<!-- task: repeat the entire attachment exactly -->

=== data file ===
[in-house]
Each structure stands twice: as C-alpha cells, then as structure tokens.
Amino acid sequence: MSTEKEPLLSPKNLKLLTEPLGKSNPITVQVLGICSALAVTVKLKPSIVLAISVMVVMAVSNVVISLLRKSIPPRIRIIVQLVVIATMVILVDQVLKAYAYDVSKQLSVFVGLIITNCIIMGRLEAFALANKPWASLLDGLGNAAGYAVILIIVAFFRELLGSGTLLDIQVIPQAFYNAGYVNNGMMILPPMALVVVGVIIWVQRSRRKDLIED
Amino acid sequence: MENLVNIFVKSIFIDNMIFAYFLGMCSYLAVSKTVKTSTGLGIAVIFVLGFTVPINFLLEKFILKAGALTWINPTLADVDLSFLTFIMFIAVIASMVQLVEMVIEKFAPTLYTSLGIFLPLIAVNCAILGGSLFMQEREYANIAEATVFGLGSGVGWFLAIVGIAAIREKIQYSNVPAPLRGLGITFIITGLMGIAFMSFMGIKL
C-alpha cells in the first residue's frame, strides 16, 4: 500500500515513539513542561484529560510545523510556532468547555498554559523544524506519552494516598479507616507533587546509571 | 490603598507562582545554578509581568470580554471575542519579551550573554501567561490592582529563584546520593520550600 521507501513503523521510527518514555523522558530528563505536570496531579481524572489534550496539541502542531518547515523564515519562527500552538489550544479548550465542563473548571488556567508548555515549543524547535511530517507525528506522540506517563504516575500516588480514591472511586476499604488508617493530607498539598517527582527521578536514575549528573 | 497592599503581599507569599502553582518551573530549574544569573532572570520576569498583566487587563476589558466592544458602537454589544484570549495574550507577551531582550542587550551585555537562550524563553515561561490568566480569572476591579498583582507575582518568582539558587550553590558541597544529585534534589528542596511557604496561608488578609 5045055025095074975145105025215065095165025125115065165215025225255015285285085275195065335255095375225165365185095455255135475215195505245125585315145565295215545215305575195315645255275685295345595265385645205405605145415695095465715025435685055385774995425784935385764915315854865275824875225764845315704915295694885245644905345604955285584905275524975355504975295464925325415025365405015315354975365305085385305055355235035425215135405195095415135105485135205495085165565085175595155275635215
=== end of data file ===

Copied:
[in-house]
Each structure stands twice: as C-alpha cells, then as structure tokens.
Amino acid sequence: MSTEKEPLLSPKNLKLLTEPLGKSNPITVQVLGICSALAVTVKLKPSIVLAISVMVVMAVSNVVISLLRKSIPPRIRIIVQLVVIATMVILVDQVLKAYAYDVSKQLSVFVGLIITNCIIMGRLEAFALANKPWASLLDGLGNAAGYAVILIIVAFFRELLGSGTLLDIQVIPQAFYNAGYVNNGMMILPPMALVVVGVIIWVQRSRRKDLIED
Amino acid sequence: MENLVNIFVKSIFIDNMIFAYFLGMCSYLAVSKTVKTSTGLGIAVIFVLGFTVPINFLLEKFILKAGALTWINPTLADVDLSFLTFIMFIAVIASMVQLVEMVIEKFAPTLYTSLGIFLPLIAVNCAILGGSLFMQEREYANIAEATVFGLGSGVGWFLAIVGIAAIREKIQYSNVPAPLRGLGITFIITGLMGIAFMSFMGIKL
C-alpha cells in the first residue's frame, strides 16, 4: 500500500515513539513542561484529560510545523510556532468547555498554559523544524506519552494516598479507616507533587546509571 | 490603598507562582545554578509581568470580554471575542519579551550573554501567561490592582529563584546520593520550600 521507501513503523521510527518514555523522558530528563505536570496531579481524572489534550496539541502542531518547515523564515519562527500552538489550544479548550465542563473548571488556567508548555515549543524547535511530517507525528506522540506517563504516575500516588480514591472511586476499604488508617493530607498539598517527582527521578536514575549528573 | 497592599503581599507569599502553582518551573530549574544569573532572570520576569498583566487587563476589558466592544458602537454589544484570549495574550507577551531582550542587550551585555537562550524563553515561561490568566480569572476591579498583582507575582518568582539558587550553590558541597544529585534534589528542596511557604496561608488578609 5045055025095074975145105025215065095165025125115065165215025225255015285285085275195065335255095375225165365185095455255135475215195505245125585315145565295215545215305575195315645255275685295345595265385645205405605145415695095465715025435685055385774995425784935385764915315854865275824875225764845315704915295694885245644905345604955285584905275524975355504975295464925325415025365405015315354975365305085385305055355235035425215135405195095415135105485135205495085165565085175595155275635215